Britain’s economy shrank by a record 5.8% in March from February as the coronavirus crisis escalated and the government ordered a shutdown of much of the country to stop the spread of the virus, official data showed on Wednesday.
In the first three months of the year, gross domestic product contracted by 2.0% from the last three months of 2019, the Office for National Statistics said.
That was the largest quarter-on-quarter fall since the end of 2008, during the depths of the financial crisis, though slightly smaller than the average 2.5% forecast in a Reuters poll of economists.
It was also a smaller fall than a 3.8% slump in GDP in the euro zone in the January-March period although several countries in the single currency area began their lockdowns before Britain.
Figures for April are likely to show a bigger fall in British economic output than in March because the entire month was spent under lockdown by British companies and consumers.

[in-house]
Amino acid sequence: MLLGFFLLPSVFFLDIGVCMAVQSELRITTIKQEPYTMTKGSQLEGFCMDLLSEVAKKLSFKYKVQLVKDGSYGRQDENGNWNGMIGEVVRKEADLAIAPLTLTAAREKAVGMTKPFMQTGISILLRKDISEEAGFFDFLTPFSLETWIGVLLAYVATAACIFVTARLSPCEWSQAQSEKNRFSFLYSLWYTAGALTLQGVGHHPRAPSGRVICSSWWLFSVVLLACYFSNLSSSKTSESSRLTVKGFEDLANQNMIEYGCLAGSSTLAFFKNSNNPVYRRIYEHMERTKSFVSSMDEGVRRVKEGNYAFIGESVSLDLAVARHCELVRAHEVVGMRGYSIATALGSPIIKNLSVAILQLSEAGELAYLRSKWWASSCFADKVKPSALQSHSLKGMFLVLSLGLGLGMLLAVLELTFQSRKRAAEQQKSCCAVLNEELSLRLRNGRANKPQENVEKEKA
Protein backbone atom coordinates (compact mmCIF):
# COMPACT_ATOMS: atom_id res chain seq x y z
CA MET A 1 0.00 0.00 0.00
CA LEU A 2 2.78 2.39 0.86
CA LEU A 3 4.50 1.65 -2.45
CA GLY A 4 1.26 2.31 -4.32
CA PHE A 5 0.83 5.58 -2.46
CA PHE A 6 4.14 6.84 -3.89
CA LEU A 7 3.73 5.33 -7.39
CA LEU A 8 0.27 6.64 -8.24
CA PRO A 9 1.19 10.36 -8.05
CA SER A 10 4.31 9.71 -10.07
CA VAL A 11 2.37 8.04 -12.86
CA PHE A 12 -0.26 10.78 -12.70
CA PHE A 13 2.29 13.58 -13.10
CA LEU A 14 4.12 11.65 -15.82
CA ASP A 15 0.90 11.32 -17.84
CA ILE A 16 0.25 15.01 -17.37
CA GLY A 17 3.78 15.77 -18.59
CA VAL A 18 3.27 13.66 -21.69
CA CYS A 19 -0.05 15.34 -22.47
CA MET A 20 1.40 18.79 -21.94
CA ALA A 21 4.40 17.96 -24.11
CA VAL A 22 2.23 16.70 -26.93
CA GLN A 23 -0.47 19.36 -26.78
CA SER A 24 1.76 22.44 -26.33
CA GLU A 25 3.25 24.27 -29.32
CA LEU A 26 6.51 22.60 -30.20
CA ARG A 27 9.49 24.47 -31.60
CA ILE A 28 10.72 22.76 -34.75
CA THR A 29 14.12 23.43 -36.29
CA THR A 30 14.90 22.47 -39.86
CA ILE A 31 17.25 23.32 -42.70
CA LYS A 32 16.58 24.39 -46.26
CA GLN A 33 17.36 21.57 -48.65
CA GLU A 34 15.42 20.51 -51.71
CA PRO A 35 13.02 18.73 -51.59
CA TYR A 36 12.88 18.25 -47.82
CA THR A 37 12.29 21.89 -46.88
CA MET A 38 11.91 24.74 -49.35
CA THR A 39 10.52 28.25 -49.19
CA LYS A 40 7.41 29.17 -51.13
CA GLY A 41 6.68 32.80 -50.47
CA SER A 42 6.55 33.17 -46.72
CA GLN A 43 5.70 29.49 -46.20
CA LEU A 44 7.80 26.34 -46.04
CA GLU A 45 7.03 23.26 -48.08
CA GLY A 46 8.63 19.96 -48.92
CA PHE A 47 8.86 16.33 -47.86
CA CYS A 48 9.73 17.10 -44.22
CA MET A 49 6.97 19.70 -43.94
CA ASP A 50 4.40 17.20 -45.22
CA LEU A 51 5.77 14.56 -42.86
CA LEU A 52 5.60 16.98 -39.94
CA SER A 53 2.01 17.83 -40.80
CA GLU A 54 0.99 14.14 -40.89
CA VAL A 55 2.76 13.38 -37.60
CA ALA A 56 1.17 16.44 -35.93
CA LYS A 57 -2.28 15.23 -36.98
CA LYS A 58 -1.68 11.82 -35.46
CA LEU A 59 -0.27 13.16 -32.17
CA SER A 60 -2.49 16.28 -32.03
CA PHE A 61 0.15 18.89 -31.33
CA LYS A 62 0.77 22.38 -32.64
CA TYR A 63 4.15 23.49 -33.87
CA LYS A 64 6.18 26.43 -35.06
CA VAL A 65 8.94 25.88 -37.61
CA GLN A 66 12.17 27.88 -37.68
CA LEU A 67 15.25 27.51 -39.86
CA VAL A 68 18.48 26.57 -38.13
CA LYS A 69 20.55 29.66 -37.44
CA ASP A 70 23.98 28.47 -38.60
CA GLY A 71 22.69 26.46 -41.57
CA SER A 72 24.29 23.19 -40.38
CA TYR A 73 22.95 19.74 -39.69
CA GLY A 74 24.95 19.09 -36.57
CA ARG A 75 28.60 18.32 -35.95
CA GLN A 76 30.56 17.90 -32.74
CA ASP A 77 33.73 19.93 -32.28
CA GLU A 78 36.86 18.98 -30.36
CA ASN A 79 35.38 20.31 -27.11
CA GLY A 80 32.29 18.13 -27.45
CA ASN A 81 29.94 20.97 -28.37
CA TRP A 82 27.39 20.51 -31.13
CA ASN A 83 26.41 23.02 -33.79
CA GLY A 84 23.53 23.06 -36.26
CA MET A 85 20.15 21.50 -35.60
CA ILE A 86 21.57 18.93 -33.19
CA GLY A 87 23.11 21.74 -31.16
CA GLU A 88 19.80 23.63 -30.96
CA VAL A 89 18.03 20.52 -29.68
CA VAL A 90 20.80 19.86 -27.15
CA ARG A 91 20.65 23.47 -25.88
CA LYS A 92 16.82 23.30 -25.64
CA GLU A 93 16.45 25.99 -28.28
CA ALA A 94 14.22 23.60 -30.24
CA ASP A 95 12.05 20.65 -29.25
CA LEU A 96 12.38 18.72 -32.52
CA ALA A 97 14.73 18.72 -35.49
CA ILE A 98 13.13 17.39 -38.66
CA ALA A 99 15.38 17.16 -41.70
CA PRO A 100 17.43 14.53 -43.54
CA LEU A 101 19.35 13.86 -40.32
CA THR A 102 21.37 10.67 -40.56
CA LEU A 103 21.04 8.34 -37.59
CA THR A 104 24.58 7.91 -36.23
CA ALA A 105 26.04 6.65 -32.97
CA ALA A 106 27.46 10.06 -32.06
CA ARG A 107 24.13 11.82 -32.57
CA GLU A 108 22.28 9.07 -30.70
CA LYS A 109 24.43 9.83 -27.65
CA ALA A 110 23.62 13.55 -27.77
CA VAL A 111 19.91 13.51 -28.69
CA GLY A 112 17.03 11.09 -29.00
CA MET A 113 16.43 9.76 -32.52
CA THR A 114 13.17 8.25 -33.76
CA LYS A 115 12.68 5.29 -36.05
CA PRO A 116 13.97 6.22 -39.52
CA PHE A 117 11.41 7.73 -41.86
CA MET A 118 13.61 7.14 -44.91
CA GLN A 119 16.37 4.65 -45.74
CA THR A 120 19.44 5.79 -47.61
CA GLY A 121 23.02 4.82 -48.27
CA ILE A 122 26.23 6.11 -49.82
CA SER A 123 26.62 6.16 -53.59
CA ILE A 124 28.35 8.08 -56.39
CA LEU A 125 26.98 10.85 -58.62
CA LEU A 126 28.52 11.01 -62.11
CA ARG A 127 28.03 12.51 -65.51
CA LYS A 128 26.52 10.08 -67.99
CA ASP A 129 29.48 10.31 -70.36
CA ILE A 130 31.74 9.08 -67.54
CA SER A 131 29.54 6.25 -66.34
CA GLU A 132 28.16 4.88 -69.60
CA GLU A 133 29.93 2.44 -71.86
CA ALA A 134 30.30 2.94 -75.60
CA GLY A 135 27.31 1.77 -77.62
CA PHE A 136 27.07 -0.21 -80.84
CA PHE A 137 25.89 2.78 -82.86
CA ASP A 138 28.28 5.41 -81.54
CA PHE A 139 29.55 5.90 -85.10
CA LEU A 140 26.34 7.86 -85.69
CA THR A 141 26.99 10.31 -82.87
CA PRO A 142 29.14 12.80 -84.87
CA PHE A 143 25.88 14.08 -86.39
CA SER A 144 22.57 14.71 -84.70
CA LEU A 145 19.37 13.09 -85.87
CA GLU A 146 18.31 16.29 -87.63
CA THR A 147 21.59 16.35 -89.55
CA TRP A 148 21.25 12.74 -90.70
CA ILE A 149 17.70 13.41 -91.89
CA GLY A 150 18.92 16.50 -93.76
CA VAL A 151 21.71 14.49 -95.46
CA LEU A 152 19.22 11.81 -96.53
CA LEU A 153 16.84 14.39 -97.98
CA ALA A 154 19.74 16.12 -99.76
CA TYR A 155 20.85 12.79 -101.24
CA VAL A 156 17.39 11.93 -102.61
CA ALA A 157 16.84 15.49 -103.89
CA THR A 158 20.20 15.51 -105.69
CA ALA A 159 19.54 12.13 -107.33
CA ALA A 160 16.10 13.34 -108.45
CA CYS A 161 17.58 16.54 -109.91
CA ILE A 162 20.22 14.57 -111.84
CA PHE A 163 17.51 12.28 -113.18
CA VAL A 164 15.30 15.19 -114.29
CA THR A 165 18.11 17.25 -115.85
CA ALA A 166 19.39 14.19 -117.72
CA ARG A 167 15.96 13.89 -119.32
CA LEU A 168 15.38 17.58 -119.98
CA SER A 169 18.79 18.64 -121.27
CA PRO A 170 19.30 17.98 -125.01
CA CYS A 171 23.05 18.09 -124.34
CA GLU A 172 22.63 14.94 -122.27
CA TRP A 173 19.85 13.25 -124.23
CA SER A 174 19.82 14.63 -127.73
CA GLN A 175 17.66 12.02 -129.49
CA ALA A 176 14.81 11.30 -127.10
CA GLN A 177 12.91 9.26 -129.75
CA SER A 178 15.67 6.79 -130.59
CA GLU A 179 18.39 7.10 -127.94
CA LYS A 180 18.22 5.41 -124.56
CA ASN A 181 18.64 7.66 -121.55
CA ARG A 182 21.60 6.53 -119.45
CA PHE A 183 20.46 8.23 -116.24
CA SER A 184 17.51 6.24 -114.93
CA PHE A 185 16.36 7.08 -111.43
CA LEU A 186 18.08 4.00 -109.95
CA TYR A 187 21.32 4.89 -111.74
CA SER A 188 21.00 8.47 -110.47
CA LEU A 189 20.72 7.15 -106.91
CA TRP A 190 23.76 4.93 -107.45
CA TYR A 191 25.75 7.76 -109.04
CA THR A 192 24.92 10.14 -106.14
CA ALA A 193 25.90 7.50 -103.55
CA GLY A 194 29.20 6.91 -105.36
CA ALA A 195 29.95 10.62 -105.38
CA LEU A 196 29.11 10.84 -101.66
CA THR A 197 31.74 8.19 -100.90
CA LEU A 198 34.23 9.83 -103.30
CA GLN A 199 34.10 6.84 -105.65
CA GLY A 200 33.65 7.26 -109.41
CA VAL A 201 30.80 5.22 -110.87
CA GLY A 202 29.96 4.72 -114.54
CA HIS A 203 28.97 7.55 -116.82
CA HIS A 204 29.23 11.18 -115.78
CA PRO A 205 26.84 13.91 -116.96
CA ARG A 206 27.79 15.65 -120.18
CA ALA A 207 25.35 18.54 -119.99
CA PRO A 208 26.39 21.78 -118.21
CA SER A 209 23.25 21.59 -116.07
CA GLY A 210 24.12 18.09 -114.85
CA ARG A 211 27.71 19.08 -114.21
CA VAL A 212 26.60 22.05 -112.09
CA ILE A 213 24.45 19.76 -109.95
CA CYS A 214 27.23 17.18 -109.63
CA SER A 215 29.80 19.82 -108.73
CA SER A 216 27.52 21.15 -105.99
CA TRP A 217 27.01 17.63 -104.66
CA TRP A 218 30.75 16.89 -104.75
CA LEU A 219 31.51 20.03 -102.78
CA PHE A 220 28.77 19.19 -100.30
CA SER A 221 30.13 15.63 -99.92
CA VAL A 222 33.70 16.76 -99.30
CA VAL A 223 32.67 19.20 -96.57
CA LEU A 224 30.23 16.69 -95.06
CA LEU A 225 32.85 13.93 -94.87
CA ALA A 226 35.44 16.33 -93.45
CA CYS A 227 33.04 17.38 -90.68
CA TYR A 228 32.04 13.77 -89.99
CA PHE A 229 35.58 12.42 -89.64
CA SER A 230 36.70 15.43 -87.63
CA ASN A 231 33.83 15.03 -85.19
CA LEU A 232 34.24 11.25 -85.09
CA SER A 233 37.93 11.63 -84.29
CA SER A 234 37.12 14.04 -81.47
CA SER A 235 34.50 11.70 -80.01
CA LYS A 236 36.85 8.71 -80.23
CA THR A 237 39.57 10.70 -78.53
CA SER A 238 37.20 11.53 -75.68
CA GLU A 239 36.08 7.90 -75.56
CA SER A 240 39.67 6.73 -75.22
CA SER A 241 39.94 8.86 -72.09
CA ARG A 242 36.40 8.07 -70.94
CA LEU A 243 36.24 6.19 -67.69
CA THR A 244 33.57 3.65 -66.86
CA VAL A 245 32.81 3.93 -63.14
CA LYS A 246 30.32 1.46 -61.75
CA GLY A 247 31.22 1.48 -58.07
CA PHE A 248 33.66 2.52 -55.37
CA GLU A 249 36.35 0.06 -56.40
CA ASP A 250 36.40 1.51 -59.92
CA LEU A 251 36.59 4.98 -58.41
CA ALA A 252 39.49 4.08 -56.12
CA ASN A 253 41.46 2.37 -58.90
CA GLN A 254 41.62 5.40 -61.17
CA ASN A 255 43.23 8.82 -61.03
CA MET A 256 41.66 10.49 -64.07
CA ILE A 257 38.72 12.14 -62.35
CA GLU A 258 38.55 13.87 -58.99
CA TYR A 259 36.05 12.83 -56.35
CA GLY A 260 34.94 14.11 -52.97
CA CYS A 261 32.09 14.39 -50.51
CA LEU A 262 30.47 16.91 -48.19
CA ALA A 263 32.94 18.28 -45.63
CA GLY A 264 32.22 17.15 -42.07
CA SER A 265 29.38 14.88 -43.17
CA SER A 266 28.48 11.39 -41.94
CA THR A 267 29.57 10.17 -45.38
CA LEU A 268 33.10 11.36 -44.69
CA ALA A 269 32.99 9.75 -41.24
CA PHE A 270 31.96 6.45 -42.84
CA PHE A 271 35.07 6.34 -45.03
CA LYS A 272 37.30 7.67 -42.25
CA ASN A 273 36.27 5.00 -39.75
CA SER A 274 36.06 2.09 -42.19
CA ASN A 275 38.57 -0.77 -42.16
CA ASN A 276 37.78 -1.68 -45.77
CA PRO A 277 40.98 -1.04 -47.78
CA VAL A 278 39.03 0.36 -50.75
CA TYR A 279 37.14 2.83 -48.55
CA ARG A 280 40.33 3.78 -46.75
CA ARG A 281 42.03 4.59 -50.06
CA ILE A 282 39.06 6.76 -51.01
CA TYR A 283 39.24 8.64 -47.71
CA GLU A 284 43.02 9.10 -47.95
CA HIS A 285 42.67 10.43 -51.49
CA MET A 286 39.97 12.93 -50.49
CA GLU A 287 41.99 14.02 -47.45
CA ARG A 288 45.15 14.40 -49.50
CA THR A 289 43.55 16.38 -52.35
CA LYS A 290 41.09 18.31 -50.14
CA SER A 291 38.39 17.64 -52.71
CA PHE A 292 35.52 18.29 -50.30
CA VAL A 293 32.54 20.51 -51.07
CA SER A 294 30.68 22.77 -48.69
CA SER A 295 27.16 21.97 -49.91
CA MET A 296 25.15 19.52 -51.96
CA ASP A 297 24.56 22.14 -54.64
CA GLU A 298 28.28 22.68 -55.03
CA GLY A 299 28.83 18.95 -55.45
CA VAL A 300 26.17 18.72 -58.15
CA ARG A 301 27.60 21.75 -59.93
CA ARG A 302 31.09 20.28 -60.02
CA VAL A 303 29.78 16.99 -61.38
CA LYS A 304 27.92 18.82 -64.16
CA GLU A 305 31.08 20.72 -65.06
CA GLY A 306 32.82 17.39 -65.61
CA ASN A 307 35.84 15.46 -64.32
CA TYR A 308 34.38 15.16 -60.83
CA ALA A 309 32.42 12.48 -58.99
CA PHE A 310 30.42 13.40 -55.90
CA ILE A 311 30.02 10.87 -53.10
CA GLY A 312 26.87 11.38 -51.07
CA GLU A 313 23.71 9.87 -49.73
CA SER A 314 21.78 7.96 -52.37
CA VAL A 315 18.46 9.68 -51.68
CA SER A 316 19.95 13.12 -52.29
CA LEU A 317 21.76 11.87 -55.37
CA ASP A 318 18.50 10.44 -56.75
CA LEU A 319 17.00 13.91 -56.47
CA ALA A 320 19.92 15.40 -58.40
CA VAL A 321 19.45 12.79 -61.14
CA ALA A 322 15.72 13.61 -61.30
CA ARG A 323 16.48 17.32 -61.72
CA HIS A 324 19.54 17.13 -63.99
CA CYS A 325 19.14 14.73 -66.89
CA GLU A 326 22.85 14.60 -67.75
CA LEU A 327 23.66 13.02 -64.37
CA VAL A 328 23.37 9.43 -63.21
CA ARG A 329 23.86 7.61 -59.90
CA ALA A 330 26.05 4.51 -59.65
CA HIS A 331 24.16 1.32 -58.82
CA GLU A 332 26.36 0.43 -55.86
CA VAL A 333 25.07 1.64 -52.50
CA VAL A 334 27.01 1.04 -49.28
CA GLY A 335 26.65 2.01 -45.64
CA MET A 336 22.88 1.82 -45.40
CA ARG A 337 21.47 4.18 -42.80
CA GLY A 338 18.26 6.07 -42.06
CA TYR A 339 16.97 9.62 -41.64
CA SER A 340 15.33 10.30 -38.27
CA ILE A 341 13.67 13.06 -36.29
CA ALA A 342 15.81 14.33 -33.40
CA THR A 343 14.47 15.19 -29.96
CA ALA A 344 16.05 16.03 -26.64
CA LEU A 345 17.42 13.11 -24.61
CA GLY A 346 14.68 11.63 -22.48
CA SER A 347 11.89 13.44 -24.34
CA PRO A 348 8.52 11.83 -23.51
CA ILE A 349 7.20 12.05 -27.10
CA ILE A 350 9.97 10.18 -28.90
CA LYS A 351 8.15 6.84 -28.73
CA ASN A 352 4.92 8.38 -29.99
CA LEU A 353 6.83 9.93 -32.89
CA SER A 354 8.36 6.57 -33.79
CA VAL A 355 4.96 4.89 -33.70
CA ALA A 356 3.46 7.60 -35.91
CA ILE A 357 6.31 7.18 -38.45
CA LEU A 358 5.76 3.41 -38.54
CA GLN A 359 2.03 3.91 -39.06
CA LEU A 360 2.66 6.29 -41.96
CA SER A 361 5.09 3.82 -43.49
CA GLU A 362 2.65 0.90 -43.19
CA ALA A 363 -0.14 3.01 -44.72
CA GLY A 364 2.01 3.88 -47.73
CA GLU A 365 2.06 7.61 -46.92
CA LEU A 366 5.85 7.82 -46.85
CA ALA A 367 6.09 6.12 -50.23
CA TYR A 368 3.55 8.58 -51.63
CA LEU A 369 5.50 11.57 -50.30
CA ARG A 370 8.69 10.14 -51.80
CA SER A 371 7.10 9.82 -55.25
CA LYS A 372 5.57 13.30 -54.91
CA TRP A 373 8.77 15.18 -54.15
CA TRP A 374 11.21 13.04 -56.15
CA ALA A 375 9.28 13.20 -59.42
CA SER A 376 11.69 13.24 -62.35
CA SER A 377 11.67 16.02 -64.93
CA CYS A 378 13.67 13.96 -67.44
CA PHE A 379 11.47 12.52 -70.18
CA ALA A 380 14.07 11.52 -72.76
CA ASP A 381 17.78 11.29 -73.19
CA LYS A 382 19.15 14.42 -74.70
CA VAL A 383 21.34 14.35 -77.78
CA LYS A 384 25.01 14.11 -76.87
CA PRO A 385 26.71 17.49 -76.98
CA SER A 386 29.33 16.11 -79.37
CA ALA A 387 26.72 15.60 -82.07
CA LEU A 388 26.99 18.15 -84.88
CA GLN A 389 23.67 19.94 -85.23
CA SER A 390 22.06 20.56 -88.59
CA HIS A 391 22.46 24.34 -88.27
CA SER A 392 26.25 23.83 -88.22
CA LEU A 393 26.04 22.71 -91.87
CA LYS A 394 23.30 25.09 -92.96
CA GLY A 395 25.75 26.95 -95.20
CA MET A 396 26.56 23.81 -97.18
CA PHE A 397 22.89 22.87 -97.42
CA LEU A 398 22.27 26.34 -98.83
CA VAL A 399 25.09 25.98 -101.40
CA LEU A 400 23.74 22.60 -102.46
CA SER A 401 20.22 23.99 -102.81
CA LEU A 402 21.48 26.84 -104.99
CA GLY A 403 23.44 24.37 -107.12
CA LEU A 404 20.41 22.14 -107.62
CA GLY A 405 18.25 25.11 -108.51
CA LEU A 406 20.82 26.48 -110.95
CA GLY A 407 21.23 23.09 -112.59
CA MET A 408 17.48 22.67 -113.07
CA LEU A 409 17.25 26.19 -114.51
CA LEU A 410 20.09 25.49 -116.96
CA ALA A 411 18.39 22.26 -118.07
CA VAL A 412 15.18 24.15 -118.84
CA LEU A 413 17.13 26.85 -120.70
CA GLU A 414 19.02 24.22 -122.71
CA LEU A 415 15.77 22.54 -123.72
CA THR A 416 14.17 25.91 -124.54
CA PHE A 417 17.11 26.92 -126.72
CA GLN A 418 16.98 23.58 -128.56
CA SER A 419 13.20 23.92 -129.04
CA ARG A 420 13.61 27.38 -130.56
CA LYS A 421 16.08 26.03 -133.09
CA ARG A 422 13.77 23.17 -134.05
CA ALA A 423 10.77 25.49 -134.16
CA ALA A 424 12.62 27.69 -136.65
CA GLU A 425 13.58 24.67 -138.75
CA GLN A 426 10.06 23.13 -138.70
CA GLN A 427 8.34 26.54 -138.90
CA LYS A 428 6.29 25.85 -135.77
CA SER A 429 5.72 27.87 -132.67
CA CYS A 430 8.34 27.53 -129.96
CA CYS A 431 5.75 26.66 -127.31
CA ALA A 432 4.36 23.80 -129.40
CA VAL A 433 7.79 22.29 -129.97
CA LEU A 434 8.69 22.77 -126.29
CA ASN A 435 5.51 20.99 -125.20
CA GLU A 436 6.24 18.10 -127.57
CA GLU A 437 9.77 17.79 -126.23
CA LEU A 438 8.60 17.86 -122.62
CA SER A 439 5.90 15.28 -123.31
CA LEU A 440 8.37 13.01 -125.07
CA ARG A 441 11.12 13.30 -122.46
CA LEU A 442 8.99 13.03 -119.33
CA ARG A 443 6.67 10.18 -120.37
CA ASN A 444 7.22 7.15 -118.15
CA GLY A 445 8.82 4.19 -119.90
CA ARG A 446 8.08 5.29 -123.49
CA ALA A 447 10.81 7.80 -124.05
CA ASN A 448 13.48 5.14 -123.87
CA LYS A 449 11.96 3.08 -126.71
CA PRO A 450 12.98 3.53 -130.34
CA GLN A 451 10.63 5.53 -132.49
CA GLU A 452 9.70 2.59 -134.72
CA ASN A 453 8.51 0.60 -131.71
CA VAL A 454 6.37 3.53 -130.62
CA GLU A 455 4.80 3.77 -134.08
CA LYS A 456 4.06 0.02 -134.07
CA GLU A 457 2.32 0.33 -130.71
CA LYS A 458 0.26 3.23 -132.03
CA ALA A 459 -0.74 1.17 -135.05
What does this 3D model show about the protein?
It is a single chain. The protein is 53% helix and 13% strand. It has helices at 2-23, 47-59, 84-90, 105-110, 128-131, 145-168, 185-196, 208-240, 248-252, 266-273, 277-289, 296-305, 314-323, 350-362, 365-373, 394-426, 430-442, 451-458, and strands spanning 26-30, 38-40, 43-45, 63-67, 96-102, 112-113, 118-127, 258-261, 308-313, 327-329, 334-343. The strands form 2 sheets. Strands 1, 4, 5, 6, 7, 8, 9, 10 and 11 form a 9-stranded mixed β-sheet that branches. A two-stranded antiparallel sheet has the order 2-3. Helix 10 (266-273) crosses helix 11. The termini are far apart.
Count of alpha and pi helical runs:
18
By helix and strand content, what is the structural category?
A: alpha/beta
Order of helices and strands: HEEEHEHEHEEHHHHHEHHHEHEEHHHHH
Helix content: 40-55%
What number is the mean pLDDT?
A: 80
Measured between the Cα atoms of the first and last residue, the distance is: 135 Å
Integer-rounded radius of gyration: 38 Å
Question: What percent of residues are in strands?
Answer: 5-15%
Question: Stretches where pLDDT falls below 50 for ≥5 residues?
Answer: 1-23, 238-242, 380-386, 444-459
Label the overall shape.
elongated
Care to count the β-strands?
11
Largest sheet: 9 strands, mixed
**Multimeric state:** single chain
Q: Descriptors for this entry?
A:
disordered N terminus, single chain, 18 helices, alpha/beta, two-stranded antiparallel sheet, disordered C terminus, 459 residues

“The speed and scale at which coronavirus has hit the UK economy is unprecedented and means that the Q1 decline is likely to be followed by a further, more historically significant, contraction in economic activity in Q2,” Suren Thiru, head of economics at the British Chambers of Commerce, said.
Last week, the Bank of England said Britain’s economy could be heading for its sharpest annual slump in GDP in more than 300 years, saying a 14% fall was possible, followed potentially by a 15% rise in 2021.
“Given that the economy was growing a quarterly rate of about 0.1% before the lockdown, today’s release therefore implies that economic activity after the lockdown was imposed on March 23 was down a whopping 21%,” Ruth Gregory, an economist with Capital Economics, said.
The ONS said output in Britain’s giant services sector fell by a record 1.9% in the first quarter and there were also significant contractions in production and construction.